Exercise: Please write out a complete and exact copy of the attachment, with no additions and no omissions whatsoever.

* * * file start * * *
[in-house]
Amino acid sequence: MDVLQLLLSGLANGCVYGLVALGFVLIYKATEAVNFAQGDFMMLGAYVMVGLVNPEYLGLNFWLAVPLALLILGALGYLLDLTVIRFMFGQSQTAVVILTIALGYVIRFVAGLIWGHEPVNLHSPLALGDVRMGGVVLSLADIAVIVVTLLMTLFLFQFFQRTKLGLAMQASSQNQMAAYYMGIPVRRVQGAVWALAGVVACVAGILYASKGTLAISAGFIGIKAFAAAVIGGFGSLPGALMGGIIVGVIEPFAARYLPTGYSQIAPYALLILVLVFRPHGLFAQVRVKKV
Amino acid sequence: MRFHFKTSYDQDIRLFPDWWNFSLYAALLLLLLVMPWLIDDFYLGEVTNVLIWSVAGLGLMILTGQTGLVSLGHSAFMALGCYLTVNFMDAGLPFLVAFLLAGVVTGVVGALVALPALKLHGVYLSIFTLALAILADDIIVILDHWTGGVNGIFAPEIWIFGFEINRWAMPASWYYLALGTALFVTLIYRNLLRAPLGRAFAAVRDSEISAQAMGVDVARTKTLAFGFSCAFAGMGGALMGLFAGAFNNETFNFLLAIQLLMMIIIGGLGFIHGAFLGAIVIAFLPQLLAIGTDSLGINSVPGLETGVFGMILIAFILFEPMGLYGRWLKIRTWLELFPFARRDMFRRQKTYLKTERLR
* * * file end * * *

[in-house]
Amino acid sequence: MDVLQLLLSGLANGCVYGLVALGFVLIYKATEAVNFAQGDFMMLGAYVMVGLVNPEYLGLNFWLAVPLALLILGALGYLLDLTVIRFMFGQSQTAVVILTIALGYVIRFVAGLIWGHEPVNLHSPLALGDVRMGGVVLSLADIAVIVVTLLMTLFLFQFFQRTKLGLAMQASSQNQMAAYYMGIPVRRVQGAVWALAGVVACVAGILYASKGTLAISAGFIGIKAFAAAVIGGFGSLPGALMGGIIVGVIEPFAARYLPTGYSQIAPYALLILVLVFRPHGLFAQVRVKKV
Amino acid sequence: MRFHFKTSYDQDIRLFPDWWNFSLYAALLLLLLVMPWLIDDFYLGEVTNVLIWSVAGLGLMILTGQTGLVSLGHSAFMALGCYLTVNFMDAGLPFLVAFLLAGVVTGVVGALVALPALKLHGVYLSIFTLALAILADDIIVILDHWTGGVNGIFAPEIWIFGFEINRWAMPASWYYLALGTALFVTLIYRNLLRAPLGRAFAAVRDSEISAQAMGVDVARTKTLAFGFSCAFAGMGGALMGLFAGAFNNETFNFLLAIQLLMMIIIGGLGFIHGAFLGAIVIAFLPQLLAIGTDSLGINSVPGLETGVFGMILIAFILFEPMGLYGRWLKIRTWLELFPFARRDMFRRQKTYLKTERLR